South Korea’s National Assembly appears close to passing an electoral reform bill. It seems that it would change the existing mixed-member majoritarian (MMM) system to mixed-member proportional (MMP).
I always take media reports about important details of electoral systems with caution, but it seems the list seats will be made compensatory: “Under MMP, parliamentary seats are tied to the percentage of voters’ support for political parties.”
The current system (as of 2016) has 47 non-compensatory list seats, in a 300-member assembly.
However, there is a catch. The article says, “The number of PR posts to be allocated under the MMP representation scheme will be capped at 30.” Yet there are to remain 47 list seats; how are the other 17 allocated? To the largest party, or based on vote shares without taking district wins into account (as under MMM)? I wish it were clear, as such details would make quite a difference.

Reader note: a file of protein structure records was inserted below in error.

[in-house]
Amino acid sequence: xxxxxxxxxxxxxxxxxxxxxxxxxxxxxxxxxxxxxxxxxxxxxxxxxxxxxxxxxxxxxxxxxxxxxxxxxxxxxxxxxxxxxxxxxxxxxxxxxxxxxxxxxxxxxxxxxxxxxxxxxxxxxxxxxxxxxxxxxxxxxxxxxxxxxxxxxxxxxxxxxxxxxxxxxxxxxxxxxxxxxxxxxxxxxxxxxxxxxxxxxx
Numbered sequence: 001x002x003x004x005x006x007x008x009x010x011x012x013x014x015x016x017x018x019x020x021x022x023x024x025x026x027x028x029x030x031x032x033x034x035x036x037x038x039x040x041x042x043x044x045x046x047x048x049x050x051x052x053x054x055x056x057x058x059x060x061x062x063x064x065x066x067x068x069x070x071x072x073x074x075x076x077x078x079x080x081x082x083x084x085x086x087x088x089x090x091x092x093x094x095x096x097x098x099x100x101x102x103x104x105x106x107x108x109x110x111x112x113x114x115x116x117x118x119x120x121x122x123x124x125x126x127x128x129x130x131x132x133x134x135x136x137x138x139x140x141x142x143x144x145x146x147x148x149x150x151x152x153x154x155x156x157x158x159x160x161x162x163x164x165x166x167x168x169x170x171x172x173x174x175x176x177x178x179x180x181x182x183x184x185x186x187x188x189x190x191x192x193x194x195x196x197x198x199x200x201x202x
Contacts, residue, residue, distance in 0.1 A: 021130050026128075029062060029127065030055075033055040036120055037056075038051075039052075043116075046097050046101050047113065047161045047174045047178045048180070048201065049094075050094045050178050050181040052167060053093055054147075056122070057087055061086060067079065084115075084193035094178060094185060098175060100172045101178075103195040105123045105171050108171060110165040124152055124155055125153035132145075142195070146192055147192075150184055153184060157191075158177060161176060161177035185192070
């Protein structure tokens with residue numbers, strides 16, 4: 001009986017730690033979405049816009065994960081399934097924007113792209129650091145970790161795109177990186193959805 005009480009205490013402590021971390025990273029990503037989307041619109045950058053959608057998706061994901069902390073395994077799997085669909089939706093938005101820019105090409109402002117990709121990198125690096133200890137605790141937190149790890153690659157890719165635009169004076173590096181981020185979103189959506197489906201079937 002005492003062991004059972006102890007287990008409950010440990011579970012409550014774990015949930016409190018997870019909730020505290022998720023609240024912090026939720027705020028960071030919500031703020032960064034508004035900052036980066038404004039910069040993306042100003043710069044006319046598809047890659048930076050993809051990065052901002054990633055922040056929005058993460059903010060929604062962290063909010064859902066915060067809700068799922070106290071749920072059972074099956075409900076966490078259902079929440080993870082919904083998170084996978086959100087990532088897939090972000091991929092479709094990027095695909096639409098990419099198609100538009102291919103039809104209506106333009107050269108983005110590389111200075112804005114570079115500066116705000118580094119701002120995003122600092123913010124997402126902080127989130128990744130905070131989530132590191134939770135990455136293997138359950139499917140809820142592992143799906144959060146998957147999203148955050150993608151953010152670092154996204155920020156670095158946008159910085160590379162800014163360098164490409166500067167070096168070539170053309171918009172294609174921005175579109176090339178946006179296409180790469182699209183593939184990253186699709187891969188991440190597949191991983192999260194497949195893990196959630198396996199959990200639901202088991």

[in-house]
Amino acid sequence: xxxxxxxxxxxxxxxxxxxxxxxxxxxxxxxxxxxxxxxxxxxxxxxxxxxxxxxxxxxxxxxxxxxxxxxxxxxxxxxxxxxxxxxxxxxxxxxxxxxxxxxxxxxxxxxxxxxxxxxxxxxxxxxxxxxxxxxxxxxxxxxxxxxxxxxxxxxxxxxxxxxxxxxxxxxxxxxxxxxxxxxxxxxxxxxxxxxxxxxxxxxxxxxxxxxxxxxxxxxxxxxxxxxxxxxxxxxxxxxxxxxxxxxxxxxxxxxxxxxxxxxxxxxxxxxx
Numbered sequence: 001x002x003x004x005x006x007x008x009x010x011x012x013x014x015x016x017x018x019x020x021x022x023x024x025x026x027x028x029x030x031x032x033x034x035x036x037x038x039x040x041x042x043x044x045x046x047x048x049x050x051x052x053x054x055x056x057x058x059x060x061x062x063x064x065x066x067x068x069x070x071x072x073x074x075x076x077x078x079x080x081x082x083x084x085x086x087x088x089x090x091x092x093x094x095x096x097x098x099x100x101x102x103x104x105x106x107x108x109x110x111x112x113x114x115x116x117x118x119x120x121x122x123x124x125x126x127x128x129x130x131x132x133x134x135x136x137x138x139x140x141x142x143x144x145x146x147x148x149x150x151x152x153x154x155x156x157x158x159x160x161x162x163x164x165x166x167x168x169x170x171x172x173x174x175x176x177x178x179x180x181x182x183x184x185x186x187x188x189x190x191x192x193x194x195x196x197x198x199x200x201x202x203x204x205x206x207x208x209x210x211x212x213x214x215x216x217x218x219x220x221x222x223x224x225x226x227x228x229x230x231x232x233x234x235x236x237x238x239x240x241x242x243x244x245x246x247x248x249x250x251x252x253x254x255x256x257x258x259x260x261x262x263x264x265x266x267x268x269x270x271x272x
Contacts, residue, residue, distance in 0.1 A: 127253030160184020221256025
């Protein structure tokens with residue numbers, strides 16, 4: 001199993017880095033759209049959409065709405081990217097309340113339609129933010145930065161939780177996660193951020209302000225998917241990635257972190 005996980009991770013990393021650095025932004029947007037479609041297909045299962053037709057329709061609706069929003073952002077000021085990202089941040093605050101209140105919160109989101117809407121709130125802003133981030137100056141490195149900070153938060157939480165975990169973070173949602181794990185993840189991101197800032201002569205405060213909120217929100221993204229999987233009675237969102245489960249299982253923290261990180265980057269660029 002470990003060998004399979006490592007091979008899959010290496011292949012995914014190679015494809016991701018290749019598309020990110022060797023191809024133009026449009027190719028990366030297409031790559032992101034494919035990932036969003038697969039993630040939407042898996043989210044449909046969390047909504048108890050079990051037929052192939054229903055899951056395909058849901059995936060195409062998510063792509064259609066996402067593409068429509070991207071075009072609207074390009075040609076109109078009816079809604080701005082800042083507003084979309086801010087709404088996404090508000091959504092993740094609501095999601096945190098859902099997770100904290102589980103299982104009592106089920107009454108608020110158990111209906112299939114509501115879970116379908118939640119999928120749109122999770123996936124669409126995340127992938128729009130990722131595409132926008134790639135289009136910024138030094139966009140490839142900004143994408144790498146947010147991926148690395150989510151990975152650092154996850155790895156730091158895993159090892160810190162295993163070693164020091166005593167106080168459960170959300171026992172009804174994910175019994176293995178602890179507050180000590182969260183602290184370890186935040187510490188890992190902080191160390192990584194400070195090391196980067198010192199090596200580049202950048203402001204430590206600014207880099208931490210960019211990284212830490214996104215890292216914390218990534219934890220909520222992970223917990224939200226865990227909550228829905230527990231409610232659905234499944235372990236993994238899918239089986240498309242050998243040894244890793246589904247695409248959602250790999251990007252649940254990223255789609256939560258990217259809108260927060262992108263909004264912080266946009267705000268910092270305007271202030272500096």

Regardless, proportionality will be quite limited.
An earlier provision of the reform bill that would have provided for 75 list seats was turned down.
Maybe we can call the new system MMp. Maybe.
Thanks to FairVote Vancouver and Kharis Templeman for the tip.